H.M.A.V. Bounty Ship Model Kit
The H.M.A.V Bounty was a famous English ship originally under the command of Royal Navy admiral Captain William Bligh. He was tasked with the responsibility of sourcing breadfruit plants in the Pacific Ocean region. England had the idea to use these breadfruit plants as a cost effective way to feed slaves in the West Indies.
The Bounty is most famous for the mutiny, which took place on board on the 28th April 1789. The leader was Master’s Mate Fletcher Christian. Of the crewmembers on board, 22 joined Christian, 18 remained loyal to Bligh, and 2 remained neutral. The mutiny did not result any blood, despite hostility on both sides. In fact, nobody turned violent with the exception of Bligh himself. Eventually, Captain Bligh was loaded on to the ship’s boat along with several of the crew that remained loyal to him.
Bligh ended up sailing on the ship’s boat to Tofua to try and acquire supplies but came in to contact with the natives of the area. The natives did not respond positively to Bligh’s presence and a fight broke out, in which one of the crewmembers was killed. After this, Bligh attempted to sail to Coupang (Dutch Settlement), which means he would have travelled over 3,500 nautical miles in his little boat.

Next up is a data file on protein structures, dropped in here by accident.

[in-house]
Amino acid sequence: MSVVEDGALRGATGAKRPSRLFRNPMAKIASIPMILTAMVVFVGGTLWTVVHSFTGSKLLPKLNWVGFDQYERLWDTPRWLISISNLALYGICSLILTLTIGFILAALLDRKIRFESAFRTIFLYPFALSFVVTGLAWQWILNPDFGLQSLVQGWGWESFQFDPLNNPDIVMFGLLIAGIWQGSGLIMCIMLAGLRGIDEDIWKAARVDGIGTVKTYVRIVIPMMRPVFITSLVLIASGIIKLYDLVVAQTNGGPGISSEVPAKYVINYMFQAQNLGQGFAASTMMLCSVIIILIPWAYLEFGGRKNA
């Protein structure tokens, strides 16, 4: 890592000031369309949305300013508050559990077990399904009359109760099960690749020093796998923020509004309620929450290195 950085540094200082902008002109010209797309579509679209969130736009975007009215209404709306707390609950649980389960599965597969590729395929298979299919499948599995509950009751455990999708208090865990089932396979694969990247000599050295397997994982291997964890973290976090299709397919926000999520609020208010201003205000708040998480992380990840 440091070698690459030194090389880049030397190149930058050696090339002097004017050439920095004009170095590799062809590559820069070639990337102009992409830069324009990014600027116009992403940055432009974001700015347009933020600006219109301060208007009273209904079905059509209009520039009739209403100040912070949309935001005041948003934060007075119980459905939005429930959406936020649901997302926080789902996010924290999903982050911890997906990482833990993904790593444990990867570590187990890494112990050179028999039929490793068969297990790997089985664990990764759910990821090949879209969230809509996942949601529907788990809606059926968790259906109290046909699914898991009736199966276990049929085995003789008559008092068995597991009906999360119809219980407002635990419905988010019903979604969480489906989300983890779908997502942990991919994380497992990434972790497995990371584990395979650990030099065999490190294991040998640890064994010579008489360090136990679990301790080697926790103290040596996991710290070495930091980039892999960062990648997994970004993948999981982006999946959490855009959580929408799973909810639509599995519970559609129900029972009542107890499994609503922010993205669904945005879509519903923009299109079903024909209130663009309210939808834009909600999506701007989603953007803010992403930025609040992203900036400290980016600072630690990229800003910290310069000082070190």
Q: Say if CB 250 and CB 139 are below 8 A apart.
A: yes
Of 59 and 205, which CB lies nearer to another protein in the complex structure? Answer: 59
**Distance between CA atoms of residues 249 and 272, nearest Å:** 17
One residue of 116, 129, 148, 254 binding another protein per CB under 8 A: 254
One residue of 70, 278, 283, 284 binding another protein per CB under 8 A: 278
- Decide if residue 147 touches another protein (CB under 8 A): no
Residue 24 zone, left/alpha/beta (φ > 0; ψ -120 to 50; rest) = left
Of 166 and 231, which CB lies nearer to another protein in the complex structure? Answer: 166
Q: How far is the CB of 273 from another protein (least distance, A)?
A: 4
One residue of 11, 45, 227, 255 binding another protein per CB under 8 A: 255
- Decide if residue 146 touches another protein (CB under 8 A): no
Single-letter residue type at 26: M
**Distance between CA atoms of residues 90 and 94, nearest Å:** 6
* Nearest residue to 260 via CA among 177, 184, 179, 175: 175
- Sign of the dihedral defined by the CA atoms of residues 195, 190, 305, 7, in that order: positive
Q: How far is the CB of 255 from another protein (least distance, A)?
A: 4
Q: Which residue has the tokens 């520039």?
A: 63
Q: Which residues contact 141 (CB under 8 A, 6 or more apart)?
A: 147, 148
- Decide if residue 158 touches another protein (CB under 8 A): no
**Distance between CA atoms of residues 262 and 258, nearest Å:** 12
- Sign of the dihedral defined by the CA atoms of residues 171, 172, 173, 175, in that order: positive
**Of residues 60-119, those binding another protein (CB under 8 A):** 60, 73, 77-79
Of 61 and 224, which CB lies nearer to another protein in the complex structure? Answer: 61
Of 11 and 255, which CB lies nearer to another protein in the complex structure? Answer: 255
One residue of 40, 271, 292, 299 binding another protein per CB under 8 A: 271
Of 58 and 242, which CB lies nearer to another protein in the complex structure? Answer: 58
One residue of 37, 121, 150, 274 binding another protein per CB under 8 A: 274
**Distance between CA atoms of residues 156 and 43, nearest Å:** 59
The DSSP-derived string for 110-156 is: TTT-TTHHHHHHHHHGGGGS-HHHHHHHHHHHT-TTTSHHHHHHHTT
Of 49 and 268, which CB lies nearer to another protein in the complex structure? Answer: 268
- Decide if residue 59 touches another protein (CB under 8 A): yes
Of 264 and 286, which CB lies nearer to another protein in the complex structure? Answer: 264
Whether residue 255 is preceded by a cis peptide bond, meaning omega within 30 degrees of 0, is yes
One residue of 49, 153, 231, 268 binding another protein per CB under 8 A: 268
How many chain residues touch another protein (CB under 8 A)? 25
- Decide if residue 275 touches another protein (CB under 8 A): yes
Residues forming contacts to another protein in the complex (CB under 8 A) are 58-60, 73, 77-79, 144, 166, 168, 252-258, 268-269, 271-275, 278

The mutineers sailed the Bounty to Tubuai but also had problems with hostile natives, which prevented them from settling. Christian sailed them back to Tahiti, where sixteen crewmembers stayed. After a short while had passed, they sailed to Pitcairn Island with 5 Tahitian men and 11 women, the women of which were allegedly kidnapped by the mutiny crew. They settled in Pitcairn Island and burnt the Bounty to avoid detection by the Royal Navy. Their landing site would later become known as Bounty Bay.
In 1823, Captain William Beechey landed on Pitcairn Island to record the account of the mutiny from the only remaining survivor called John Adams.